Children Farming the Land

The tobacco field is no place for a child! [Gabriel Thompson, “Leaves of Poison,” Dec. 2, 2013] I grew up in south Georgia, where summer consisted of cropping tobacco. A harvester, with a crew of twelve or thirteen, was pulled through the tobacco fields by a tractor under the relentless south Georgia sun. The cropper cut the leaves by hand and handed them to the stringer, who strung them with cotton twine onto a tobacco stick, taken off by a stick man. Work started around 7 am after the dew—or irrigation—had flooded the leaves, the water from which covered the cropper and stringer. You’d be drenched and freezing all morning.

Come 1 pm, you’d be back in the field, now hot and dry, and as the afternoon wore on, the black, sticky tobacco tar would cover your arms, legs and hair. Soap alone wouldn’t take it off.

Tobacco poisoning was a rite of passage. You’d spend your first day less than hungry and your first night wrapped around a toilet throwing up. Sometimes, big watery blisters would develop on areas where the morning tobacco water and afternoon tobacco tar kept the skin flooded or smothered. The work was wet, hot, sticky and dangerous.

It was no place for a kid.


Farming can be dangerous, but I wouldn’t trade my farming childhood for anything [Mariya Strauss, “Dying on the Farm,” Dec. 2]. I hope and pray that my children can have the kind of life I had. Farming is not a job; it is a way of life. A 15-year-old living in the suburbs is a different animal from the 15-year-old on a farm, who has been working for years. Michael Steele was capable of doing his job at 15. His was a tragic accident, and should be viewed as such—not as a reason to involve the government in family farms.



Thank you so much for reprinting Wendell Berry’s poem “November 26, 1963” [“JFK: ‘The Light of All His Lost Days,’” Dec. 2].

Ann Stokes
west chesterfield, n.h.

Eric Hobsbawm/‘Francis Newton’

It was gratifying that reviewer Ramachandra Guha noted Eric Hobsbawm’s jazz expertise as columnist for the New Statesman under the pseudonym Francis Newton [“The Man Who Knew Almost Everything,” Dec. 2]. These columns plus his reviews for The New York Review of Books are collected in the 1993 revised edition of The Jazz Scene, which carries his real name as author.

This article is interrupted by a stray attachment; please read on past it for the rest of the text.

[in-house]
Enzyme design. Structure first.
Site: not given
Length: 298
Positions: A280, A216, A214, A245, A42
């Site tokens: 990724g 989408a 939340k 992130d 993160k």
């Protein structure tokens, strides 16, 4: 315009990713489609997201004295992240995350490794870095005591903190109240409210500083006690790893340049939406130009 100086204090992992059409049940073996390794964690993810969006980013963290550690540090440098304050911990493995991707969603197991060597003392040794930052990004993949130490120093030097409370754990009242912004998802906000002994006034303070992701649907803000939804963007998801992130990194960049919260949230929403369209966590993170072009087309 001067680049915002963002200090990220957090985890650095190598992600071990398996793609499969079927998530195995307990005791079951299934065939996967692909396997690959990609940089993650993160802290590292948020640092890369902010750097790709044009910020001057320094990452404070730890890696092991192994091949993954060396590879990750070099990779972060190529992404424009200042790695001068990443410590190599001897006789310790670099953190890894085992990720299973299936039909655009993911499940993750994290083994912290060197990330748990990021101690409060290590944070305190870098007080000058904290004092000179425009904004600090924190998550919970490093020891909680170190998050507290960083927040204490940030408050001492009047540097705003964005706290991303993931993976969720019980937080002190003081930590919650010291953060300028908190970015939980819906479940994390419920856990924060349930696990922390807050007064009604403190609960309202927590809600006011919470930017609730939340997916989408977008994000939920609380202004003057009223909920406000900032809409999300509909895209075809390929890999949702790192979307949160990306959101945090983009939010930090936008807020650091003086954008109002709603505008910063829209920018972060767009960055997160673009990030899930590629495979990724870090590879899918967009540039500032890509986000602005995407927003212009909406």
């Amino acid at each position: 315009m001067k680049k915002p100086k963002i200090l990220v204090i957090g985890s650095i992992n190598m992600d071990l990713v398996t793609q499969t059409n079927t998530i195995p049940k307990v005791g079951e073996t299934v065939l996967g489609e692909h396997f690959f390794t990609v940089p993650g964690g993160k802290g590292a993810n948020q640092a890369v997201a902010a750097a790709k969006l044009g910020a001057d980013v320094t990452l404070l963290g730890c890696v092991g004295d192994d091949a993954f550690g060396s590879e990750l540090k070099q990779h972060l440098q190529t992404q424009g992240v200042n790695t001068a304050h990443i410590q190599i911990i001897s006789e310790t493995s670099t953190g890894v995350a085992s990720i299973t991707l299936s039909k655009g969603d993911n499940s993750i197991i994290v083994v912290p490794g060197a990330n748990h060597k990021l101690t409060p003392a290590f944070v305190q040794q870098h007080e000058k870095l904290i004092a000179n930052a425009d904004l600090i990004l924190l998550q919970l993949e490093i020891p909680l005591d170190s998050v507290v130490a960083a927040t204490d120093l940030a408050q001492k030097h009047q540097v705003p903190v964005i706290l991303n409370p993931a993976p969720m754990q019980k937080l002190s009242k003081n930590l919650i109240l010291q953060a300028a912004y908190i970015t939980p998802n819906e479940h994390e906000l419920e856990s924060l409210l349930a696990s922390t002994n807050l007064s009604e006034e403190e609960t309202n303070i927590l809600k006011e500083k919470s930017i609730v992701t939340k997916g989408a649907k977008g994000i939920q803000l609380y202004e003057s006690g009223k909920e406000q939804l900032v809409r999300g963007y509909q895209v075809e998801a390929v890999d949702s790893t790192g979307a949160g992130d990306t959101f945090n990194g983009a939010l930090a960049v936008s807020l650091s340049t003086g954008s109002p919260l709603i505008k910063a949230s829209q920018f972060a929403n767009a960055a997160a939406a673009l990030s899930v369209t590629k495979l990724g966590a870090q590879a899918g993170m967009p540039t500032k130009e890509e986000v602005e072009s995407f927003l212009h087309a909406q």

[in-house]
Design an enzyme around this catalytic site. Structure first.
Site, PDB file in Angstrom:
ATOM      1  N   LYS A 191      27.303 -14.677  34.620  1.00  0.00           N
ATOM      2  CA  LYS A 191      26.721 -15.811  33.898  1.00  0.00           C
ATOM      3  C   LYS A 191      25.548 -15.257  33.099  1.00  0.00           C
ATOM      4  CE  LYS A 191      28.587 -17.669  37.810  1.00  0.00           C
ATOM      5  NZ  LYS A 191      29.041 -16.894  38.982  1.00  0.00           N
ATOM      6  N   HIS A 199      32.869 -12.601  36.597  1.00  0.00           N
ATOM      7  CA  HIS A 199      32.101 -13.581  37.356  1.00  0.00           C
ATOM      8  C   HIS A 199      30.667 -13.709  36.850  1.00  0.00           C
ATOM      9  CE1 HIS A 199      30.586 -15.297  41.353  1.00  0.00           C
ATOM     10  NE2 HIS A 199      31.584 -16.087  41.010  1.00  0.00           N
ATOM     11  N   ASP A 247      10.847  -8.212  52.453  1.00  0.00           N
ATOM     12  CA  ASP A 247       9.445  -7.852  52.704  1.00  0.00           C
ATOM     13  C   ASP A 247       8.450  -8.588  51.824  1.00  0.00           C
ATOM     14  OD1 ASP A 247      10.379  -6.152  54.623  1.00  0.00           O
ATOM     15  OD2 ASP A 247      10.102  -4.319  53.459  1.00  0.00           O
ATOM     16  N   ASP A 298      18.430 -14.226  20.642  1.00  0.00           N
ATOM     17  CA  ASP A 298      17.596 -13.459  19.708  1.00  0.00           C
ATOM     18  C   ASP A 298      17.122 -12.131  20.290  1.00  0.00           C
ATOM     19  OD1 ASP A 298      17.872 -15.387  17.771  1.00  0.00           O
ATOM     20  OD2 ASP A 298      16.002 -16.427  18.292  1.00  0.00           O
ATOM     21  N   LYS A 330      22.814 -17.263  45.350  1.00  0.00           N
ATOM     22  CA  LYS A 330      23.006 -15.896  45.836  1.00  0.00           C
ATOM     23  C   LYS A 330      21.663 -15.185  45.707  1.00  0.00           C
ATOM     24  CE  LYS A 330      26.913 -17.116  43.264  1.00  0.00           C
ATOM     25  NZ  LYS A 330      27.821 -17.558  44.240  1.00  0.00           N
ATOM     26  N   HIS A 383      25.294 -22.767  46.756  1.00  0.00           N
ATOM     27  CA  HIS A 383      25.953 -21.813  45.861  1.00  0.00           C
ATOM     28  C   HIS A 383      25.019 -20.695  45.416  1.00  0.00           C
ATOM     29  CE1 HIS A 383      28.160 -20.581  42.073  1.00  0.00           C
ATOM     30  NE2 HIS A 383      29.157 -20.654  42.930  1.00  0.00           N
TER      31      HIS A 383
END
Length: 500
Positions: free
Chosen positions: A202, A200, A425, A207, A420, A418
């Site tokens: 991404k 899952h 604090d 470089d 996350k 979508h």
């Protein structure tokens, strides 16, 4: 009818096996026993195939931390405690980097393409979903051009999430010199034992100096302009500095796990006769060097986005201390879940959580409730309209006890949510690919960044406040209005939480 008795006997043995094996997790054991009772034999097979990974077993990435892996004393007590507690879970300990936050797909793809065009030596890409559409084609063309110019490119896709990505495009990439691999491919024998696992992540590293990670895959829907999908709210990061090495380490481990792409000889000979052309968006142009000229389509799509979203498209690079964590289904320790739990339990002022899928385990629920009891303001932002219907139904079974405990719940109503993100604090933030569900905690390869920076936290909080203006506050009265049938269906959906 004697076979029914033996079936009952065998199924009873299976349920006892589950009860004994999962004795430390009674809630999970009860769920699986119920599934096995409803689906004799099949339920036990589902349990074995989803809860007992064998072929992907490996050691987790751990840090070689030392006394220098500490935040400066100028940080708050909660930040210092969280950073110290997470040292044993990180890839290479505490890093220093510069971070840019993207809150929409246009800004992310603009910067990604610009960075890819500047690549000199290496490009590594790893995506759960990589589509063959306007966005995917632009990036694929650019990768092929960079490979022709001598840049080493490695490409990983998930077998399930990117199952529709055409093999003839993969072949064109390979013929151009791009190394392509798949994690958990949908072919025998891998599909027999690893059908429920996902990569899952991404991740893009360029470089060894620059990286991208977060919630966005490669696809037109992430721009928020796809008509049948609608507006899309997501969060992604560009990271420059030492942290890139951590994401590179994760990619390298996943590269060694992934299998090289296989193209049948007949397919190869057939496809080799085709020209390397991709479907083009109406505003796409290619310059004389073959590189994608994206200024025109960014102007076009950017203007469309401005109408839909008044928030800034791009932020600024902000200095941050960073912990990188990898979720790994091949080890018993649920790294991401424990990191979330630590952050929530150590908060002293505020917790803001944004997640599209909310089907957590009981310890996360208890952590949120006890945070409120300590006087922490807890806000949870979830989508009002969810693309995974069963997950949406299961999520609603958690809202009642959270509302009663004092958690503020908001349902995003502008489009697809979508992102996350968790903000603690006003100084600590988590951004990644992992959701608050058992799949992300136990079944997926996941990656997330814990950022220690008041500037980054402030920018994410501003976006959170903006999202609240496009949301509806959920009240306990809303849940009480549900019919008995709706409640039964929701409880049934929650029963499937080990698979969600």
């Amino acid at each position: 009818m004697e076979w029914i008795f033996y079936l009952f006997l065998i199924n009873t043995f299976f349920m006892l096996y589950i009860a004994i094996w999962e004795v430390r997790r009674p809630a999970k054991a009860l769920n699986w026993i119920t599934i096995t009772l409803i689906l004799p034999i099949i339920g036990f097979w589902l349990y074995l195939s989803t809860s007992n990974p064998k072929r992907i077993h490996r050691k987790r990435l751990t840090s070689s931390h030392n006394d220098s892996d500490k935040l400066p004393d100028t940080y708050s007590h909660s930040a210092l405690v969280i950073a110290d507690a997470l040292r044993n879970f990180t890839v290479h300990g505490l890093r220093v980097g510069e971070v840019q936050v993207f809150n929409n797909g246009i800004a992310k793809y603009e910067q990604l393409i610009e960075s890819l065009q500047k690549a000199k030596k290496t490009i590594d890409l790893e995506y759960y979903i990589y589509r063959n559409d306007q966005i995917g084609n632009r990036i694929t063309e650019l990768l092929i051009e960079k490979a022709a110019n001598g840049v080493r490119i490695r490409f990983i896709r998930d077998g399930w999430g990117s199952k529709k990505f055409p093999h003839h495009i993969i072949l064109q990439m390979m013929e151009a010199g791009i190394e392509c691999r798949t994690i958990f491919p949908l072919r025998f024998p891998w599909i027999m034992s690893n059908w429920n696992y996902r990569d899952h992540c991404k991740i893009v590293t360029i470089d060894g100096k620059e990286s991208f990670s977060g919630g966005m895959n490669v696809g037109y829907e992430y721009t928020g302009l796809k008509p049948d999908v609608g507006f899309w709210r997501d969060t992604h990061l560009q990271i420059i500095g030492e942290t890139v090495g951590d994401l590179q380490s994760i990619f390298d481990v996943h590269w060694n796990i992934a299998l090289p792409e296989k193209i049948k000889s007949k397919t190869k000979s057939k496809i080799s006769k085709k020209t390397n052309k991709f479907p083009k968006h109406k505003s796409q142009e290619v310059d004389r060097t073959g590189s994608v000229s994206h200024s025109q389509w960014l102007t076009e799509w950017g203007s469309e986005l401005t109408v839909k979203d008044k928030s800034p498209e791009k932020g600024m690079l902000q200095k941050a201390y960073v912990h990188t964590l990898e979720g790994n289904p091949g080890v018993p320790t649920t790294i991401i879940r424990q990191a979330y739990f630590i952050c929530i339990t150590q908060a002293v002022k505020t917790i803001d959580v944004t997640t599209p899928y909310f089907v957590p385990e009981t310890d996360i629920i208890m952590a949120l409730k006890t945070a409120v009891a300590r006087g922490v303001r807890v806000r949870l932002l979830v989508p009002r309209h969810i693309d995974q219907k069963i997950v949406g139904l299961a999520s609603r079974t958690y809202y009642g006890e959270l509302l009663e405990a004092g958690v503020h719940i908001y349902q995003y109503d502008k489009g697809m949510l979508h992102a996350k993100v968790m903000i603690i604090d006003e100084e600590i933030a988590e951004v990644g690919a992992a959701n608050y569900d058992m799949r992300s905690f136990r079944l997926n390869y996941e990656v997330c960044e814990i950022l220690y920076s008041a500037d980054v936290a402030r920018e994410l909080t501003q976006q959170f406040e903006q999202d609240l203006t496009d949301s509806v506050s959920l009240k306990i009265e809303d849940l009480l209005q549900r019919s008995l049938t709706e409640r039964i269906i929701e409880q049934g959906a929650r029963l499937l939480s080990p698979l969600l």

The pseudonym was “based on Frankie Newton, the trumpeter,” he tells us in the introduction to the 1989 edition. African-American Frankie Newton (1906–54) was not only one of the (regrettably, too little recognized) jazz greats of the 1930s and ’40s; he was also a politically active foe of racism and a sympathizer with communism. He was on the 1939 Commodore Music label session at which Billie Holiday recorded “Strange Fruit.”

W. Royal Stokes
elkins, w.v.

The World Wars

Tara Zahra’s review “Behind the Storm” [Dec. 2] is very much appreciated by this eyewitness/Zeitzeuge of the mass flight and later expulsion of some 11 million Germans, of whom some 2 million died in the cold winters of 1944, ‘45 and ‘46. It is estimated that some 1 million women—young teens up to women in their 70s—were raped by Soviet soldiers. Some Soviet officers like Kopelev and Solzhenitzyn attempted to interfere, only to be relieved of their positions.

Germans’ fear of the Red Army soldiers was so great that they tried to escape by any means possible, including a voyage across the Baltic Sea; they were torpedoed by Soviet submarines, costing the lives of some 10,000 passengers on the Wilhelm Gustloff in 1945.

I was an East Prussian/German soldier who fought on the so-called Eastern Front from the fall of 1944 until the early months of 1945. Most of my relatives were East or West Prussians. A distant cousin of mine was murdered by a Soviet commissar. He was not a soldier; he was not a Nazi; he was a farmer. He left behind a young wife with three infants. My grandmother, a good Christian, was starved to death in a camp. A friend of the family, a socialist incarcerated in a Nazi concentration camp, was murdered by the “liberating” Soviet Army. He was welcoming the Soviet soldiers with a red flag.

Ending on a positive note: it is remarkable how those millions of refugees/expellees were provided, mostly by West Germans, with shelter, however primitive; with food, however insufficient; with some help from the occupying powers. Eventually these refugees became a significant part of the so-called Wirtschaftswunder (Economic Miracle).

Equally positive are the
developments that led to former enemies—Poles, Russians and Germans—becoming friends. Millions of Jews and other Nazi-dominated people perished in and after World War II. And so did millions of German refugees/expellees. In the end, victors and victims are the losers. Bridge-builders between nations and people are the winners.

Armin E. Mruck
towson, md.

Christopher Clark, one of the authors reviewed by Tara Zahra, has committed a grave omission. I worked with UNRRA in Belgrade at the end of World War II and became a close friend of the widow and daughter of Mihailo Jovanovic, one of the executed Sarajevo assassins.

Clark characterizes the assassins as a group of six scruffy late teenagers and one older man, Danilo Ilic, acting on orders from Belgrade Black Hand operatives. He omits any mention of two older, well-established members who were hanged, along with Ilic, in 1915 for the crime. Those were Mihailo (Misko) Jovanovic and Veljko Cubrilovic. (Austrian law did not allow executions of those under 20 years of age.)

Mihailo was a successful merchant from an established Bosnian Serb family in Tuzla and a member of a nationalist organization called Mlada Bosna (Young Bosnians). The other conspirators who were hanged were in their 20s, one
a newspaper editor and the
other a schoolteacher. None
fit the description of the
assassins given by Clark or Margaret MacMillan. These facts are readily available on the Internet.

Bea Silverberg